Climate Change

15 countries join alliance to phase out coal at COP23

Big users of coal and coal-based energy have not signed up yet 

 
By DTE Staff
Last Updated: Friday 17 November 2017 | 12:38:20 PM
The “Powering Past Coal” alliance was initiated by the UK, Canada and Marshall Islands (Credit: UNClimateChange/Flickr)
The “Powering Past Coal” alliance was initiated by the UK, Canada and Marshall Islands (Credit: UNClimateChange/Flickr) The “Powering Past Coal” alliance was initiated by the UK, Canada and Marshall Islands (Credit: UNClimateChange/Flickr)

Alteast 15 countries have joined an alliance to phase out coal-based power by 2030 at the annual Conference of Parties (COP23) meeting in Bonn, Germany.

The “Powering Past Coal” alliance was initiated by the UK, Canada and Marshall Islands and joined by Denmark, Finland, Italy, France, the Netherlands, Portugal, Belgium, Switzerland, New Zealand, Ethiopia and Mexico.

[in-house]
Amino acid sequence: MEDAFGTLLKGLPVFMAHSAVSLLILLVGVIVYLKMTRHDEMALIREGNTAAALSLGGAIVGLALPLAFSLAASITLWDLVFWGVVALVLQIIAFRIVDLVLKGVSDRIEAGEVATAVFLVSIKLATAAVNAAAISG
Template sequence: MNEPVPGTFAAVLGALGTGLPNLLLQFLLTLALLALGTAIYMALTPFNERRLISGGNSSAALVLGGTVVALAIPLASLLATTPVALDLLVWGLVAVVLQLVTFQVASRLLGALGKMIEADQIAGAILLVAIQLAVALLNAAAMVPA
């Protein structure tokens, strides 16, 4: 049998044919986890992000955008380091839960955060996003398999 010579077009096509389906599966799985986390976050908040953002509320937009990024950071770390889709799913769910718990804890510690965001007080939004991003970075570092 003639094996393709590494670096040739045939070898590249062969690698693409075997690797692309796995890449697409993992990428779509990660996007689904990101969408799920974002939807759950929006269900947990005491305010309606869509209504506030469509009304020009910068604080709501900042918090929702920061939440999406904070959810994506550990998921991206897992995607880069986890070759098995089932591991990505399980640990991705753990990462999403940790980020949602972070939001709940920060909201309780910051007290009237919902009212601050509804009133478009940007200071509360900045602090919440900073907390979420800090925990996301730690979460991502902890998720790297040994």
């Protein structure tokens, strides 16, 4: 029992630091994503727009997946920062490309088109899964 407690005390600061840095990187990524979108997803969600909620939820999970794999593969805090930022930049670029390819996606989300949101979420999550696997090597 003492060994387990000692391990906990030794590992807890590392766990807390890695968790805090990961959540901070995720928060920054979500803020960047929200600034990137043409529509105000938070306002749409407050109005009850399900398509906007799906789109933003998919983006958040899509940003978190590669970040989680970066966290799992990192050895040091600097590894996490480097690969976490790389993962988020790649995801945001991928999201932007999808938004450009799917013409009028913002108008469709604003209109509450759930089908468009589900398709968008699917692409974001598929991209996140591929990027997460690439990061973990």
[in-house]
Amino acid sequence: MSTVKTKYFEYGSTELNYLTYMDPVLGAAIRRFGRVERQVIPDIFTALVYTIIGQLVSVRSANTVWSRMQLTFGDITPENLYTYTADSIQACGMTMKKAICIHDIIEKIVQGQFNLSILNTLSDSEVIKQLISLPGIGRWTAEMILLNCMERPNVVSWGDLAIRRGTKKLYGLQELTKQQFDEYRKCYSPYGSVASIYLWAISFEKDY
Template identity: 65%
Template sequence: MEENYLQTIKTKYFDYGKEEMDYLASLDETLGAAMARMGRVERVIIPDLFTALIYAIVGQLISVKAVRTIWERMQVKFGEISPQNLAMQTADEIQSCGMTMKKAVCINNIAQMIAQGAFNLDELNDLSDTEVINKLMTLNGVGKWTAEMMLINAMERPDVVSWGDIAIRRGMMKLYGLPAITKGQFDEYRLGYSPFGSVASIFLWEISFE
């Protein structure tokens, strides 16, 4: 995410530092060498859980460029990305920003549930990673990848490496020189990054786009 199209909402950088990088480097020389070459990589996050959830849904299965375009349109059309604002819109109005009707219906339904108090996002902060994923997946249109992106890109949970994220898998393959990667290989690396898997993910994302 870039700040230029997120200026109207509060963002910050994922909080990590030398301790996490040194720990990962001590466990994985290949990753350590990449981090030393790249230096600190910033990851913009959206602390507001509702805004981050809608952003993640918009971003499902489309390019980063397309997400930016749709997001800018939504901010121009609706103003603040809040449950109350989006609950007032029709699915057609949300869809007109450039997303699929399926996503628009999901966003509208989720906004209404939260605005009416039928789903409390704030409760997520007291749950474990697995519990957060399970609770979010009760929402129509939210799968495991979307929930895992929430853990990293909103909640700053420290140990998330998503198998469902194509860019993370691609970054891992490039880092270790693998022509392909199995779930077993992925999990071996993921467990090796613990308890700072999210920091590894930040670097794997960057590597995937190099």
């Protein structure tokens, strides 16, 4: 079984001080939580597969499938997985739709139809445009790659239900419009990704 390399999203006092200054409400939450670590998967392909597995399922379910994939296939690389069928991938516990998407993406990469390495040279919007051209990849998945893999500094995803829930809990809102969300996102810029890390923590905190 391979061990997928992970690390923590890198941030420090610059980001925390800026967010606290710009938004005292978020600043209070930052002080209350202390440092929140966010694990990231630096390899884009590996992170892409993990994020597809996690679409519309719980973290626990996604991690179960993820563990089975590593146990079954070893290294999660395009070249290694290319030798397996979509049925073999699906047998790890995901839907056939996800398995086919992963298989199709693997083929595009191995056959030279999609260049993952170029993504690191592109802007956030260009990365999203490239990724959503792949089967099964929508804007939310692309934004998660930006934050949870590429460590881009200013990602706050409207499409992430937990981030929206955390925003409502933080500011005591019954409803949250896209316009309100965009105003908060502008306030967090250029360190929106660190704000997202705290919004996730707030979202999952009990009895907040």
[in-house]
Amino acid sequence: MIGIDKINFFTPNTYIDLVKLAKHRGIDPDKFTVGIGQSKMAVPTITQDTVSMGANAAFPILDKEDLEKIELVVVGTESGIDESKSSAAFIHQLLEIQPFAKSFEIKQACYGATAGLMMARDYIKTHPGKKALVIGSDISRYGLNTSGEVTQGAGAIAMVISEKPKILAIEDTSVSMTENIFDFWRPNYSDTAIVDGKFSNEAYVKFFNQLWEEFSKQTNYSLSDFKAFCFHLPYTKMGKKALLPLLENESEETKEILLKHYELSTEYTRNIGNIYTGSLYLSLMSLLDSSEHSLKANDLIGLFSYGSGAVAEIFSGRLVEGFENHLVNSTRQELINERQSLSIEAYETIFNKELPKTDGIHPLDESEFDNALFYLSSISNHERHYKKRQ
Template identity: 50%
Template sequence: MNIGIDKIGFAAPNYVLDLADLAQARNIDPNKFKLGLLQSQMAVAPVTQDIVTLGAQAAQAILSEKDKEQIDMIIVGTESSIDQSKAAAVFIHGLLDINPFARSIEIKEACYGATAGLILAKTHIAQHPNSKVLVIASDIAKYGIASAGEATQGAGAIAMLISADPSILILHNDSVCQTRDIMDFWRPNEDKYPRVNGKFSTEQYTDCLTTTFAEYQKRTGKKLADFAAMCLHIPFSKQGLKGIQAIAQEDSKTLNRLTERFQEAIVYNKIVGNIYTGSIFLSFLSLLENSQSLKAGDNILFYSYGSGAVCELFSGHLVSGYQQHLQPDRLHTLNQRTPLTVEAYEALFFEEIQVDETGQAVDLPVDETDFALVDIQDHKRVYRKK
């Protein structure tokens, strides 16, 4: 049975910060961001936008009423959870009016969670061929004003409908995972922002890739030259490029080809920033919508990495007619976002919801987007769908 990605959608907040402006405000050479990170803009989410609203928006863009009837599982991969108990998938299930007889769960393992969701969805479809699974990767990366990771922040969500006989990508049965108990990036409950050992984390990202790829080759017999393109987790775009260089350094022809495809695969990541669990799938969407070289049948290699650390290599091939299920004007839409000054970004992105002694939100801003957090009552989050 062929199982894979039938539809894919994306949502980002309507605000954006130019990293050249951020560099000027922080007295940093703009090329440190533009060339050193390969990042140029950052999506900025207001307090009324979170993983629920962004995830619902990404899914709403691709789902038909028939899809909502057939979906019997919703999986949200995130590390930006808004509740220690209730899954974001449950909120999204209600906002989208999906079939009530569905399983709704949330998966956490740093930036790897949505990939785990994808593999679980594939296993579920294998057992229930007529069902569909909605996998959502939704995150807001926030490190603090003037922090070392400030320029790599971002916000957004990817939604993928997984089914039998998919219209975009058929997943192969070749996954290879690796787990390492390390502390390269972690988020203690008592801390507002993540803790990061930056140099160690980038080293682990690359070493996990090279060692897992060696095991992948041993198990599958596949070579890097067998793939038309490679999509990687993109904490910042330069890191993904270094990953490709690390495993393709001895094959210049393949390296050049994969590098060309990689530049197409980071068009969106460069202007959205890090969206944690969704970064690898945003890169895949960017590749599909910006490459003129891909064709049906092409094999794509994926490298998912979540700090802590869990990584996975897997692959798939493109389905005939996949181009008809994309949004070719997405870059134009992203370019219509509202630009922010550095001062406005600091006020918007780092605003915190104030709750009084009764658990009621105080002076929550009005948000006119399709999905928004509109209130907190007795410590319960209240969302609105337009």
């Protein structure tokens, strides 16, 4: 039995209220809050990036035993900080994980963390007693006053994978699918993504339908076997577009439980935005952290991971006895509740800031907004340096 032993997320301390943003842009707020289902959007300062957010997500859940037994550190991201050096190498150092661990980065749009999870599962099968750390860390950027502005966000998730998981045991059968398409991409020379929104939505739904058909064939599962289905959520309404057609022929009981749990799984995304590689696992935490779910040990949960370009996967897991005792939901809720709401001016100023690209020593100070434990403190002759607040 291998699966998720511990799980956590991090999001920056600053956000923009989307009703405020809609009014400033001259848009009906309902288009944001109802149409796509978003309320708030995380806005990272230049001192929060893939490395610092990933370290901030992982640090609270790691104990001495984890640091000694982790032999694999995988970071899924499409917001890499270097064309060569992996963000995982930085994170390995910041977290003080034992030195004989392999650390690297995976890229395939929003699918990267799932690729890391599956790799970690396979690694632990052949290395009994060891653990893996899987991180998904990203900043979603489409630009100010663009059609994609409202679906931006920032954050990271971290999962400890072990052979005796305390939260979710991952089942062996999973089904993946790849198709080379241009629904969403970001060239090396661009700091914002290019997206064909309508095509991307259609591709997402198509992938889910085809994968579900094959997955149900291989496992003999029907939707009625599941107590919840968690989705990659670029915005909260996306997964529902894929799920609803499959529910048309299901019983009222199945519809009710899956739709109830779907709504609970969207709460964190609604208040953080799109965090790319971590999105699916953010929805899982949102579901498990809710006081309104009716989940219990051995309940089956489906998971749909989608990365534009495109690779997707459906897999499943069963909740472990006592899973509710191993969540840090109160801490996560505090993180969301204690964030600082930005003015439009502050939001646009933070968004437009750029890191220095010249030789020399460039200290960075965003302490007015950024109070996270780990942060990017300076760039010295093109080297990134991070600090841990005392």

The goal is to have 50 countries in the alliance by the next climate meet in 2018.

Major coal users like China, the US, Russia, and Germany have not joined. However, another big user of coal, India initiated the International Solar Alliance in 2015, of which China is also a part.

This announcement comes days after an event organised by the USA government to promote fossil fuels was disrupted by anti-coal protesters staging a walkout.  

As the alliance was initiated by two close allies of USA, Canada and UK, it intends to rebuke President Trump, that his obsession with dirty coal will not spread, Mohamed Adow , international climate lead at Christian Aid, was quoted as saying by Reuters.

Delegates from the US have argued that coal would be used for some time to come and the way to go was to explore clean coal, which includes a system of technologies to clean up the emissions from coal, including Carbon Capture and Storage (CCS), and the potential of small nuclear plants. The arguments were supported with reports published by energy think tanks, including the International Energy Agency (IEA).

The US is currently the second highest emitter in the world after China and the highest historically.

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